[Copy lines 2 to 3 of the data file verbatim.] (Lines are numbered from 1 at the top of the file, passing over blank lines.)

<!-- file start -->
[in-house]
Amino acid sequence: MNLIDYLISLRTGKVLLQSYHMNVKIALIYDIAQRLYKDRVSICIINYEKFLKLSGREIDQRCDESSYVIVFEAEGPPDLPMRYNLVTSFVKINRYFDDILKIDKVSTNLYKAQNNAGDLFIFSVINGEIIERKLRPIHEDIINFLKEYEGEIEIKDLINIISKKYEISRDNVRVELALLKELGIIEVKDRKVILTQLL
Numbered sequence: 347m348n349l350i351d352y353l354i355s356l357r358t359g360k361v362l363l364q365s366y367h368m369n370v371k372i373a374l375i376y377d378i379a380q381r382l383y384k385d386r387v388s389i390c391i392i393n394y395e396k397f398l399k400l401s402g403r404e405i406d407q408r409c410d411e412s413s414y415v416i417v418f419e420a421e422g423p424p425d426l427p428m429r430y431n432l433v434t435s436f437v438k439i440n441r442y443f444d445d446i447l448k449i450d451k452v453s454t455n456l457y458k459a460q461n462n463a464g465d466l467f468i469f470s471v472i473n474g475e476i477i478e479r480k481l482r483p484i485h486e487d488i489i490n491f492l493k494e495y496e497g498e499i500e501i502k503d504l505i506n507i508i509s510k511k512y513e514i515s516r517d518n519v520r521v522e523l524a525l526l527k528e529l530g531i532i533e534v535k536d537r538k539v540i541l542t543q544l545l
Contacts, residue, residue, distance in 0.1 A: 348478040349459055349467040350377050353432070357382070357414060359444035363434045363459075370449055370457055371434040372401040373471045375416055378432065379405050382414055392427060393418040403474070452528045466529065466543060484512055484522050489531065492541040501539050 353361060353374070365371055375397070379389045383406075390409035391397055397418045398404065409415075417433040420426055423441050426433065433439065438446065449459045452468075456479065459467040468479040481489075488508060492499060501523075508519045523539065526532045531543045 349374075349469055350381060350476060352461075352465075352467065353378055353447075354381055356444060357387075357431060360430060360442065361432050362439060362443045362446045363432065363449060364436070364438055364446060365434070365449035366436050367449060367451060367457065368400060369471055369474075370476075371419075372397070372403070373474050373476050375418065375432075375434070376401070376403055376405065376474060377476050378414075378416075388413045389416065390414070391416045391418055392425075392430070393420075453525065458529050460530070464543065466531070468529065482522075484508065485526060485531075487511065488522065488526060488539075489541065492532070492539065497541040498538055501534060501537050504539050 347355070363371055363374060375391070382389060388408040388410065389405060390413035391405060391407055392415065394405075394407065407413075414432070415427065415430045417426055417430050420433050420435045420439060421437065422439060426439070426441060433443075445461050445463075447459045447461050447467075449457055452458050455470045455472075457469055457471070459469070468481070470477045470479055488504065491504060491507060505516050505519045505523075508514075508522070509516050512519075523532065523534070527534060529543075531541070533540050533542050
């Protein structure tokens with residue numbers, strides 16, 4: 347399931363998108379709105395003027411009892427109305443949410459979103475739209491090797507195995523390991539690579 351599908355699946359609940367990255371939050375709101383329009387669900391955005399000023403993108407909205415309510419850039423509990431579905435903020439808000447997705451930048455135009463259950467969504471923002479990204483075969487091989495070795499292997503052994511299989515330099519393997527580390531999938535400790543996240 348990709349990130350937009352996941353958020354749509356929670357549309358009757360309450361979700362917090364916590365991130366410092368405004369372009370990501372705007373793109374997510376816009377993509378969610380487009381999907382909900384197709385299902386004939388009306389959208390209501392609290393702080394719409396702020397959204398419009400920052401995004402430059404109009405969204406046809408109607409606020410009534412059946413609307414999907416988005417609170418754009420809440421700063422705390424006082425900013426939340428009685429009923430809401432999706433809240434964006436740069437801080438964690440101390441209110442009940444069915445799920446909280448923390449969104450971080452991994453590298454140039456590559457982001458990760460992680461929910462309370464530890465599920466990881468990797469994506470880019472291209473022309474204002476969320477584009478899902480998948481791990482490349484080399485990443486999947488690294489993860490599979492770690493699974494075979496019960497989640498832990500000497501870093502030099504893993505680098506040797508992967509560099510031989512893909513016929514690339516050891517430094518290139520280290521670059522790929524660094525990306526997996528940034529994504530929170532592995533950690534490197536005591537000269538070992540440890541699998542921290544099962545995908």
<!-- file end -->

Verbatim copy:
Amino acid sequence: MNLIDYLISLRTGKVLLQSYHMNVKIALIYDIAQRLYKDRVSICIINYEKFLKLSGREIDQRCDESSYVIVFEAEGPPDLPMRYNLVTSFVKINRYFDDILKIDKVSTNLYKAQNNAGDLFIFSVINGEIIERKLRPIHEDIINFLKEYEGEIEIKDLINIISKKYEISRDNVRVELALLKELGIIEVKDRKVILTQLL
Numbered sequence: 347m348n349l350i351d352y353l354i355s356l357r358t359g360k361v362l363l364q365s366y367h368m369n370v371k372i373a374l375i376y377d378i379a380q381r382l383y384k385d386r387v388s389i390c391i392i393n394y395e396k397f398l399k400l401s402g403r404e405i406d407q408r409c410d411e412s413s414y415v416i417v418f419e420a421e422g423p424p425d426l427p428m429r430y431n432l433v434t435s436f437v438k439i440n441r442y443f444d445d446i447l448k449i450d451k452v453s454t455n456l457y458k459a460q461n462n463a464g465d466l467f468i469f470s471v472i473n474g475e476i477i478e479r480k481l482r483p484i485h486e487d488i489i490n491f492l493k494e495y496e497g498e499i500e501i502k503d504l505i506n507i508i509s510k511k512y513e514i515s516r517d518n519v520r521v522e523l524a525l526l527k528e529l530g531i532i533e534v535k536d537r538k539v540i541l542t543q544l545l